Not content with being the headline sponsor of a prestigious national climbing competition, Perthshire businessman Simon Yearsley also got out his ice axes to compete.
Yearsley, who owns Big Tree Campervans, based in Perthshire, has put up six major prizes for winners of the Scottish Dry Tooling Series (STS).
Male and female champions of three age categories will each receive a three-day hire of a Big Tree Campervan. For juniors there’s a climbing rope prize.
And last weekend, the energetic boss also decided to take part in round two of the thrilling indoor climbing series.
Yearsley, 48, didn’t disgrace himself either. The dad-of-two came fifth in the veteran male category at Glenmore Lodge, Aviemore.
Yesterday, Yearsley, who is a keen outdoors rock climber and passionate Scottish winter climber, said: “I had a really great time at the Scottish Tooling Series 2010.
“We are sponsoring the series this year and so I thought I’d take the opportunity to join the competition, too.
“There were some awesome climbers competing so I was thrilled to pull off a reasonable effort coming fifth out of 10 in my age group.”
The 2010 STS comprises a series of five competitions across Scotland. The prestigious competition has attracted climbing pros such as Kev Shields and Scott Muir.
Junior stars include Stevie Addison, Dylan Mackenzie, Jonathan Field, who are both members of the British Junior Climbing Team.
The STS, now in its third year, tests climbers’ skills as they scale indoor climbing walls using ice axes and winter climbing boots, instead of bare hands and rock shoes.
Dry tooling is a climbing discipline that is more often utilised outdoors on rock.
It has developed because there are times when climbers need to move from ice, where axes and crampons are most useful, to sections of rock face.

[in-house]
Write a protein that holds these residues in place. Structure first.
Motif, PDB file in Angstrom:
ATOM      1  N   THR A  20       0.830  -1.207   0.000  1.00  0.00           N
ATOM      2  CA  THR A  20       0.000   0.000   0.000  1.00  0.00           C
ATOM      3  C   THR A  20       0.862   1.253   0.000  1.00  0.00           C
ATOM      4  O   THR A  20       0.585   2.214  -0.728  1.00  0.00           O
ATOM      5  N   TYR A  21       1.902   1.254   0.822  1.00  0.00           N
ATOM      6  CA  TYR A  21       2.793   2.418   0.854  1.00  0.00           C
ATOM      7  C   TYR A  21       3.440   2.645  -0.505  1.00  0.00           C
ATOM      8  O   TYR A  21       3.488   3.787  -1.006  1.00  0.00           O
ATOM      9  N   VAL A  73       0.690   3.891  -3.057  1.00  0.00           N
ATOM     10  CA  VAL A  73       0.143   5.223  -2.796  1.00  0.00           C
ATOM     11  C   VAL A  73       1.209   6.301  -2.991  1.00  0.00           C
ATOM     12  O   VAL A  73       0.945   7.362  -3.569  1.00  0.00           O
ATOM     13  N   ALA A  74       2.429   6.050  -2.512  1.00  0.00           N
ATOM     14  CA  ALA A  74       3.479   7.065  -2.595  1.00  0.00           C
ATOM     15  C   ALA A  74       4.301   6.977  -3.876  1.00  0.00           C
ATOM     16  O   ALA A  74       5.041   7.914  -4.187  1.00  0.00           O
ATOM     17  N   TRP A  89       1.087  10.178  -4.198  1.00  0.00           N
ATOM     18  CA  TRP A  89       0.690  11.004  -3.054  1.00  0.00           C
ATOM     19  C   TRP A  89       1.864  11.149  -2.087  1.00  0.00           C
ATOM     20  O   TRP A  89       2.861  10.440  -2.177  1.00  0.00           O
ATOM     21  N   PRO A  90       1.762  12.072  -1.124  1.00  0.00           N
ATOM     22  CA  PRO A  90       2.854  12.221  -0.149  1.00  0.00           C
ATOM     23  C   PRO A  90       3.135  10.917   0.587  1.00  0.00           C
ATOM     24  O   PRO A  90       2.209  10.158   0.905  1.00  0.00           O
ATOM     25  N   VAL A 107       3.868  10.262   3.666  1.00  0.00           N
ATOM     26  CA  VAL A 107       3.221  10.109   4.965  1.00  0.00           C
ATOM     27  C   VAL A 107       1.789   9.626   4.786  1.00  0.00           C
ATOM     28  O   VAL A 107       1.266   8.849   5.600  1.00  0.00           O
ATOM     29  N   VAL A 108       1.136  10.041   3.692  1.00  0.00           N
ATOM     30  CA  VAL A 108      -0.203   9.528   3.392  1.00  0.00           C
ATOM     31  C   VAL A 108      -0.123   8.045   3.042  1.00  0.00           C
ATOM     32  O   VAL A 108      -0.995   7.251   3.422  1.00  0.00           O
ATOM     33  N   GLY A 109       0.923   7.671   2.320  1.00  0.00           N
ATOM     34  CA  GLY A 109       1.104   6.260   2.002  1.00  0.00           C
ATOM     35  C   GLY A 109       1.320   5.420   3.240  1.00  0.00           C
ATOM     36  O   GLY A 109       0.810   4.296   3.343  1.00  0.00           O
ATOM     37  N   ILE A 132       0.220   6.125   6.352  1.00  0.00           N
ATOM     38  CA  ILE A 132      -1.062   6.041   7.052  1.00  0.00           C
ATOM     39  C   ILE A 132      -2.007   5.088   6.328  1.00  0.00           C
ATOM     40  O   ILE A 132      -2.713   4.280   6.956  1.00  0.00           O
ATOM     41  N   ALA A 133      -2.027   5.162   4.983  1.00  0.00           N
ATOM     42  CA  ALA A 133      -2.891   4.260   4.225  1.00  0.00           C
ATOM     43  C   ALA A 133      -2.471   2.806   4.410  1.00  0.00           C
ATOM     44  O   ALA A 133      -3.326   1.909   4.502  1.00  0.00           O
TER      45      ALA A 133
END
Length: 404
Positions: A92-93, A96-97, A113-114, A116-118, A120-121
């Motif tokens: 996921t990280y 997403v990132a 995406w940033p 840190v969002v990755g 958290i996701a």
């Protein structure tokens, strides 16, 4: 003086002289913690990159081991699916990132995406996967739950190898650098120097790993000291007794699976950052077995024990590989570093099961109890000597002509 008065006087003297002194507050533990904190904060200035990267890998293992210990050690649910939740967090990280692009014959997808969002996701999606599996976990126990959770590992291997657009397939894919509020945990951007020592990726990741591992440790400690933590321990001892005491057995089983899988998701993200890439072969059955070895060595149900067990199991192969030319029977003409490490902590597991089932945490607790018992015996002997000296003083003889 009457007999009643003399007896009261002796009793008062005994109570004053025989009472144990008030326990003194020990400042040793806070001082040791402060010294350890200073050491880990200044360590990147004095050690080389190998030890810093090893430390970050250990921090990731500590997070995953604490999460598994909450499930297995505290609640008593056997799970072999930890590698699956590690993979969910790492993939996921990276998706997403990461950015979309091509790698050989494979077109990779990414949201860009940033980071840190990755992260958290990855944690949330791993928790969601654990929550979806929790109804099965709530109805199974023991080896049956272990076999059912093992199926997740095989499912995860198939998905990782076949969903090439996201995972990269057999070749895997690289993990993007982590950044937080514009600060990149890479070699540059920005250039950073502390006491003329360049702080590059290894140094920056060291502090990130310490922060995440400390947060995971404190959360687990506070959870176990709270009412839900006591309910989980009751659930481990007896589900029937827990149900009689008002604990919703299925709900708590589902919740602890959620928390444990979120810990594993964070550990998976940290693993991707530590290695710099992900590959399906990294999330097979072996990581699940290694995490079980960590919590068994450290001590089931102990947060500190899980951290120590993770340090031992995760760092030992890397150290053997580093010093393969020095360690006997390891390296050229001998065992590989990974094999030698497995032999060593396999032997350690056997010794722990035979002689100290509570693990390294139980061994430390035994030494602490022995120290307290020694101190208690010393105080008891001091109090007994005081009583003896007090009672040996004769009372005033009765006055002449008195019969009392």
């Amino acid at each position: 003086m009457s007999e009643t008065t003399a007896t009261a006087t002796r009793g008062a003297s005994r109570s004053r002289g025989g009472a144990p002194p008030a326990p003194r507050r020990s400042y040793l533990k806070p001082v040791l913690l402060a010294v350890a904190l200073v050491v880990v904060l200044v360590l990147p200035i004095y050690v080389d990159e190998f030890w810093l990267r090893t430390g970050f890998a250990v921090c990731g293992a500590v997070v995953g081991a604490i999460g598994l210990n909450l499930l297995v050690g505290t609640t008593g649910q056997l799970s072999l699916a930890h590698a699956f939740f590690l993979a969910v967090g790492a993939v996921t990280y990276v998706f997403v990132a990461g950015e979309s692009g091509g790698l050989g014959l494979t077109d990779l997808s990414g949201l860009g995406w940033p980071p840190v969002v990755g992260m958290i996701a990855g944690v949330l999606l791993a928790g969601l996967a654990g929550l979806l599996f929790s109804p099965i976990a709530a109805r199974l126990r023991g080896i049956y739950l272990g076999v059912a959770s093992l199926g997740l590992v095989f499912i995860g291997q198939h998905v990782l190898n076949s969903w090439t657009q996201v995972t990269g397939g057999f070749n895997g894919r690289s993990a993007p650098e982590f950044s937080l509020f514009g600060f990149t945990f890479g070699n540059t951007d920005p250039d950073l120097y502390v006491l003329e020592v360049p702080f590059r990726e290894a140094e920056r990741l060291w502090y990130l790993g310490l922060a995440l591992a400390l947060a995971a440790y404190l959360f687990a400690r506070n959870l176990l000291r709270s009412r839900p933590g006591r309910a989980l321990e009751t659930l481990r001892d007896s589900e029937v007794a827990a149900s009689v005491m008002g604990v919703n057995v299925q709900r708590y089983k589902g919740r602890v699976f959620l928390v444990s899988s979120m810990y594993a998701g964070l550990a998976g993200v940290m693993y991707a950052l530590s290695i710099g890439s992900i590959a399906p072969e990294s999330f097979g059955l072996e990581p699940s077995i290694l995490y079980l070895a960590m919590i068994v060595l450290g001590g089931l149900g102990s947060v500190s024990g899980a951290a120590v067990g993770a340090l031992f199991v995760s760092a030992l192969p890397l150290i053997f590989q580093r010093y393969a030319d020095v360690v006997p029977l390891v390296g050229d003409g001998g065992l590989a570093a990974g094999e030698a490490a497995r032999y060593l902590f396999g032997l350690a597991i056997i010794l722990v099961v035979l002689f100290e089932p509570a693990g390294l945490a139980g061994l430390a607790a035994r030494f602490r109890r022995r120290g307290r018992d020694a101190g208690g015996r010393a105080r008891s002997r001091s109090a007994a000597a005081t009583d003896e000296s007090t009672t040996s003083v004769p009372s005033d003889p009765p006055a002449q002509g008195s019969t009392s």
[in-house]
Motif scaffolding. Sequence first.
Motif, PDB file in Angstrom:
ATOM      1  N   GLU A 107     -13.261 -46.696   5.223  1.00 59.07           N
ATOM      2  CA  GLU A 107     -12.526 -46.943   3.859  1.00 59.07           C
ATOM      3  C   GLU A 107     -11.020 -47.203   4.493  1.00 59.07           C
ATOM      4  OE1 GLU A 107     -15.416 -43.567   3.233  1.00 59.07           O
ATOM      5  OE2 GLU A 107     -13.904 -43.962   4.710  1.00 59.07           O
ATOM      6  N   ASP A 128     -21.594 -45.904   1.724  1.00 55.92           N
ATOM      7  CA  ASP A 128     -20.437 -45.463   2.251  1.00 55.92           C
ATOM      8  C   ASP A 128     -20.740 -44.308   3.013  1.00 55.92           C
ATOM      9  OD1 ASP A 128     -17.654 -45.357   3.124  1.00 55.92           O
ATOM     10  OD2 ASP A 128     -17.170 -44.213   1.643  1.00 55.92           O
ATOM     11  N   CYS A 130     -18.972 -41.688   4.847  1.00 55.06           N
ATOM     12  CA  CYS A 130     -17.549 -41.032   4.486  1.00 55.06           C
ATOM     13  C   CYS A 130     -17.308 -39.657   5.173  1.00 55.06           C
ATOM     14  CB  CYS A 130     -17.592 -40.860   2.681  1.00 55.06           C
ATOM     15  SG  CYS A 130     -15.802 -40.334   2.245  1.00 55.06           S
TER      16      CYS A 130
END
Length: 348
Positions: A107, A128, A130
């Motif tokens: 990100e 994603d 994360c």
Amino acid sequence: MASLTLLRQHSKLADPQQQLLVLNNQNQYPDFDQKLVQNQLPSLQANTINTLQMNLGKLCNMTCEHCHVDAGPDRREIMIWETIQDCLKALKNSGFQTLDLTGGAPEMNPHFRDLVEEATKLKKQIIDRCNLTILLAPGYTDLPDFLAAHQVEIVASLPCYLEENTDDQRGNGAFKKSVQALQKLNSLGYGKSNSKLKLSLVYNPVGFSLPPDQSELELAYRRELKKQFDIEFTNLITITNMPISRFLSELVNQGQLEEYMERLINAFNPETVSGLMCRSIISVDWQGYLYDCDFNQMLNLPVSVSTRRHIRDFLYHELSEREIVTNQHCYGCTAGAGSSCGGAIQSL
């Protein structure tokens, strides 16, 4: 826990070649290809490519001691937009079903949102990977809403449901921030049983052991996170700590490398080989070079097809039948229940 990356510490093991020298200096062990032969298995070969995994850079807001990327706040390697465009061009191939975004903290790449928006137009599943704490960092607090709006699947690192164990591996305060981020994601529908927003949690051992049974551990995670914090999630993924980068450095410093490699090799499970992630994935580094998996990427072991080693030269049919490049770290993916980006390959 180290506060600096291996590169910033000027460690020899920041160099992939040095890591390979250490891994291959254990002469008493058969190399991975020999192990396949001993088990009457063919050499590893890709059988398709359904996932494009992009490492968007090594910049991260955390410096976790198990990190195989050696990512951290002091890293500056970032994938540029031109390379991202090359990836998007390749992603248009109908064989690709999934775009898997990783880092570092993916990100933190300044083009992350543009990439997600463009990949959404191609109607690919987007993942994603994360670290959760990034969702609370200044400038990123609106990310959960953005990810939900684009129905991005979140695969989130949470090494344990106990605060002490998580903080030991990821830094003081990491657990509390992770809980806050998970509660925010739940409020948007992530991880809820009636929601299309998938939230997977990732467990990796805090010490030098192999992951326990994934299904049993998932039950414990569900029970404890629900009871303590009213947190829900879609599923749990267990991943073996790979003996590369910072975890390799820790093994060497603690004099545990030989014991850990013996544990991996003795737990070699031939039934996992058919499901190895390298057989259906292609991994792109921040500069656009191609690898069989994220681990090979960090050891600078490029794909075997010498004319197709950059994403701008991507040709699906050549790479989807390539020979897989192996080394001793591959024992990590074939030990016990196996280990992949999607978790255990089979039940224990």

On the rock they must be proficient at finding the right nooks, crannies and holds to make secure moves while still using the axes and crampons.
And like so many winter sports, the discipline has been turned into a competition.
On Saturday, Glenmore Lodge spectators watched the thrilling contest as climbers bid to complete a range of tough routes on the indoor walls without falling or weighting the rope.
This Saturday (oct 30) the third round will be held at Transition Extreme in Aberdeen, then on November 13 it heads to the Ice factor, near Kinlochleven.
The final will be held at EICA Ratho, near Edinburgh, on November 27.
- For further information about the series see www.scottishtoolingseries.co.uk
- For further information about Big Tree Campervans see www.bigtreecampervans.com
- For pics contact Fionaoutdoors@aol.com
Notes for editors
Simon and his wife Sarah Yearsley run Big Tree Campervans.
The hire company has a fleet of two-to-four berth campervans has been designed to the Yearsleys’ own specifications and offer a truly modern, easy-living environment. Each campervan boasts lots of storage space, a powerful heating system, a two-ring cooker, a sink and a powerful fridge. They also come fully equipped with a home-from-home quality kitchen equipment.
Big Tree Campervans pride themselves on their fantastic customer service, and in offering excellent advice about all aspects of campervans, they guarantee that at least a little bit of their passion and excitement about campervans will rub off on you.
Their aim at Big Tree Campervans is simple: To help you to create your own adventure – and experience an unbeatable holiday exploring all the fantastic places in Scotland.
Simon describes himself as “a passionate climber, alpinist, husband and father (but not always in that order!), and now the director of a fab campervan rental company – Big Tree Campervans, which is the fifth passion of my life”.
He’s been climbing for more than 32 years, and with his regular climbing partner Malcolm Bass, he has been on numerous successful trips to the Indian Himalaya and Alaska, as well as the Canadian Rockies and French Alps in winter.
But he still loves coming back to the real test that is Scottish winter climbing. He’s contributed some fine additions to the Scottish winter scene, and as well as occasionally frequenting his local dry tooling venue at Newtyle, he specialises in big adventures in remote places, such as “The Long March” (VIII,8) on Foinhaven’s Lord Reay’s Seat; “Wonderland” (VII,7) on Beinn Bhan; and “The Road” (VI,6) on Seana Bhraigh.